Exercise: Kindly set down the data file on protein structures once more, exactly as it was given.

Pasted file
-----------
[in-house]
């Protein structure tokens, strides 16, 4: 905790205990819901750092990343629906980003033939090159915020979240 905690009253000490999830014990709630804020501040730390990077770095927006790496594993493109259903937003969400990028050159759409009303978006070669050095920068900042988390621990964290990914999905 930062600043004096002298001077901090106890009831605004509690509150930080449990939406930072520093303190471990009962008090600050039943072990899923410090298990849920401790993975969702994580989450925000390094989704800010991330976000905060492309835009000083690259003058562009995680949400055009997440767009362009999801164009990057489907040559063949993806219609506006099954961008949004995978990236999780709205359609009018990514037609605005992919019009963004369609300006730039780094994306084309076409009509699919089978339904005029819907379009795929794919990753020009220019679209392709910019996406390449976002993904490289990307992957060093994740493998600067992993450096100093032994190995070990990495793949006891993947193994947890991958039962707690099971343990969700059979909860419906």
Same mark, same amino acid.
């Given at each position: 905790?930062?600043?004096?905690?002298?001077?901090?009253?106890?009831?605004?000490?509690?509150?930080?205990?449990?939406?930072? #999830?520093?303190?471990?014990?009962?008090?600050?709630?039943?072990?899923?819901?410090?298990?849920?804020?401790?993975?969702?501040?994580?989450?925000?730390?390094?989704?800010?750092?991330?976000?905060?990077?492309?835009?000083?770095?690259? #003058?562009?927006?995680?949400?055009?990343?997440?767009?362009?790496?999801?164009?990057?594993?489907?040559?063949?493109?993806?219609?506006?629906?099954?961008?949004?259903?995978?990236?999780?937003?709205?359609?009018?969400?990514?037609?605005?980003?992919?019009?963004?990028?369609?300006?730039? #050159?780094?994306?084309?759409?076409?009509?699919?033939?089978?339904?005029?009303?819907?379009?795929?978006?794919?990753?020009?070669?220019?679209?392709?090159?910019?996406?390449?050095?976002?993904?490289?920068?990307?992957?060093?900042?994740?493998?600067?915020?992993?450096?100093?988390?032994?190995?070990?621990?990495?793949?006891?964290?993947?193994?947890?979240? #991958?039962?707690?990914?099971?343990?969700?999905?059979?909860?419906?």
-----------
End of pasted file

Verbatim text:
[in-house]
């Protein structure tokens, strides 16, 4: 905790205990819901750092990343629906980003033939090159915020979240 905690009253000490999830014990709630804020501040730390990077770095927006790496594993493109259903937003969400990028050159759409009303978006070669050095920068900042988390621990964290990914999905 930062600043004096002298001077901090106890009831605004509690509150930080449990939406930072520093303190471990009962008090600050039943072990899923410090298990849920401790993975969702994580989450925000390094989704800010991330976000905060492309835009000083690259003058562009995680949400055009997440767009362009999801164009990057489907040559063949993806219609506006099954961008949004995978990236999780709205359609009018990514037609605005992919019009963004369609300006730039780094994306084309076409009509699919089978339904005029819907379009795929794919990753020009220019679209392709910019996406390449976002993904490289990307992957060093994740493998600067992993450096100093032994190995070990990495793949006891993947193994947890991958039962707690099971343990969700059979909860419906």
Same mark, same amino acid.
């Given at each position: 905790?930062?600043?004096?905690?002298?001077?901090?009253?106890?009831?605004?000490?509690?509150?930080?205990?449990?939406?930072? #999830?520093?303190?471990?014990?009962?008090?600050?709630?039943?072990?899923?819901?410090?298990?849920?804020?401790?993975?969702?501040?994580?989450?925000?730390?390094?989704?800010?750092?991330?976000?905060?990077?492309?835009?000083?770095?690259? #003058?562009?927006?995680?949400?055009?990343?997440?767009?362009?790496?999801?164009?990057?594993?489907?040559?063949?493109?993806?219609?506006?629906?099954?961008?949004?259903?995978?990236?999780?937003?709205?359609?009018?969400?990514?037609?605005?980003?992919?019009?963004?990028?369609?300006?730039? #050159?780094?994306?084309?759409?076409?009509?699919?033939?089978?339904?005029?009303?819907?379009?795929?978006?794919?990753?020009?070669?220019?679209?392709?090159?910019?996406?390449?050095?976002?993904?490289?920068?990307?992957?060093?900042?994740?493998?600067?915020?992993?450096?100093?988390?032994?190995?070990?621990?990495?793949?006891?964290?993947?193994?947890?979240? #991958?039962?707690?990914?099971?343990?969700?999905?059979?909860?419906?």